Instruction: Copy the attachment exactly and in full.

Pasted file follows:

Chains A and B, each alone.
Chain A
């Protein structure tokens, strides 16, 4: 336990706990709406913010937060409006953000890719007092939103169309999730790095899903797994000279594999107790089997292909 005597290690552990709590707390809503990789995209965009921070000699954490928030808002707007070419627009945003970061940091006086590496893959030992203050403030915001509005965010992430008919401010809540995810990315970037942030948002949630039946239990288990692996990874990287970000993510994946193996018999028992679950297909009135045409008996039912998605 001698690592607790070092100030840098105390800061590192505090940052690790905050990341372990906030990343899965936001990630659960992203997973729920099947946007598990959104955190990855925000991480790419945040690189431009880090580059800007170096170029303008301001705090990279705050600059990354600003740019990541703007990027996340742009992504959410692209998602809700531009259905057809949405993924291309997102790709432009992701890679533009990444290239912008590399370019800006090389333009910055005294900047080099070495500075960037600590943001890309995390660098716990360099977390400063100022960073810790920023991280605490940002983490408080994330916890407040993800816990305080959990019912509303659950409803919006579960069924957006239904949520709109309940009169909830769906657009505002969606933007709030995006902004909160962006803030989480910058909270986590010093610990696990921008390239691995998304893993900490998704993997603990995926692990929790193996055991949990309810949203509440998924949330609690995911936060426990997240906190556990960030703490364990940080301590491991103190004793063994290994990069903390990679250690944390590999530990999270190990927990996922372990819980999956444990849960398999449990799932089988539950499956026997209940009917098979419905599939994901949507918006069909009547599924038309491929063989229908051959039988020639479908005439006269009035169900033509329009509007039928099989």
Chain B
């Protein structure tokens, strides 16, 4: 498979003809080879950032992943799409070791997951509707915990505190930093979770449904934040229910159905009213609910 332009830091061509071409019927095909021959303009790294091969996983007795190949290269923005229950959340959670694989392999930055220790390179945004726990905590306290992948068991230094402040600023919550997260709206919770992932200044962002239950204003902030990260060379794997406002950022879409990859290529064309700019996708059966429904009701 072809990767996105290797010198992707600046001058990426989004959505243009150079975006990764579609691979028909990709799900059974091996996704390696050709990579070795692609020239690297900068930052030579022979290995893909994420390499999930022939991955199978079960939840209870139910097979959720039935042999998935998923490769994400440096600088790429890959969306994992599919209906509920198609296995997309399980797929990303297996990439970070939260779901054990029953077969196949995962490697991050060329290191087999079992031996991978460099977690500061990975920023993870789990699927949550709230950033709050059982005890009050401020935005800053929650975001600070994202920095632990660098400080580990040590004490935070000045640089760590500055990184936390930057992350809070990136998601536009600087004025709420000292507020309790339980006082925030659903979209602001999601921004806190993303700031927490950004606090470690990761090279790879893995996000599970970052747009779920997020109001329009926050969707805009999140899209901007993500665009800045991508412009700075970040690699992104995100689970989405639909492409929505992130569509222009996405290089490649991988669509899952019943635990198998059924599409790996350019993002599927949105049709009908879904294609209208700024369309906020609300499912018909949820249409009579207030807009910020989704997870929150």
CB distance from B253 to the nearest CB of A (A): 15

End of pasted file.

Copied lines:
Chains A and B, each alone.
Chain A
């Protein structure tokens, strides 16, 4: 336990706990709406913010937060409006953000890719007092939103169309999730790095899903797994000279594999107790089997292909 005597290690552990709590707390809503990789995209965009921070000699954490928030808002707007070419627009945003970061940091006086590496893959030992203050403030915001509005965010992430008919401010809540995810990315970037942030948002949630039946239990288990692996990874990287970000993510994946193996018999028992679950297909009135045409008996039912998605 001698690592607790070092100030840098105390800061590192505090940052690790905050990341372990906030990343899965936001990630659960992203997973729920099947946007598990959104955190990855925000991480790419945040690189431009880090580059800007170096170029303008301001705090990279705050600059990354600003740019990541703007990027996340742009992504959410692209998602809700531009259905057809949405993924291309997102790709432009992701890679533009990444290239912008590399370019800006090389333009910055005294900047080099070495500075960037600590943001890309995390660098716990360099977390400063100022960073810790920023991280605490940002983490408080994330916890407040993800816990305080959990019912509303659950409803919006579960069924957006239904949520709109309940009169909830769906657009505002969606933007709030995006902004909160962006803030989480910058909270986590010093610990696990921008390239691995998304893993900490998704993997603990995926692990929790193996055991949990309810949203509440998924949330609690995911936060426990997240906190556990960030703490364990940080301590491991103190004793063994290994990069903390990679250690944390590999530990999270190990927990996922372990819980999956444990849960398999449990799932089988539950499956026997209940009917098979419905599939994901949507918006069909009547599924038309491929063989229908051959039988020639479908005439006269009035169900033509329009509007039928099989």
Chain B
């Protein structure tokens, strides 16, 4: 498979003809080879950032992943799409070791997951509707915990505190930093979770449904934040229910159905009213609910 332009830091061509071409019927095909021959303009790294091969996983007795190949290269923005229950959340959670694989392999930055220790390179945004726990905590306290992948068991230094402040600023919550997260709206919770992932200044962002239950204003902030990260060379794997406002950022879409990859290529064309700019996708059966429904009701 072809990767996105290797010198992707600046001058990426989004959505243009150079975006990764579609691979028909990709799900059974091996996704390696050709990579070795692609020239690297900068930052030579022979290995893909994420390499999930022939991955199978079960939840209870139910097979959720039935042999998935998923490769994400440096600088790429890959969306994992599919209906509920198609296995997309399980797929990303297996990439970070939260779901054990029953077969196949995962490697991050060329290191087999079992031996991978460099977690500061990975920023993870789990699927949550709230950033709050059982005890009050401020935005800053929650975001600070994202920095632990660098400080580990040590004490935070000045640089760590500055990184936390930057992350809070990136998601536009600087004025709420000292507020309790339980006082925030659903979209602001999601921004806190993303700031927490950004606090470690990761090279790879893995996000599970970052747009779920997020109001329009926050969707805009999140899209901007993500665009800045991508412009700075970040690699992104995100689970989405639909492409929505992130569509222009996405290089490649991988669509899952019943635990198998059924599409790996350019993002599927949105049709009908879904294609209208700024369309906020609300499912018909949820249409009579207030807009910020989704997870929150």
CB distance from B253 to the nearest CB of A (A): 15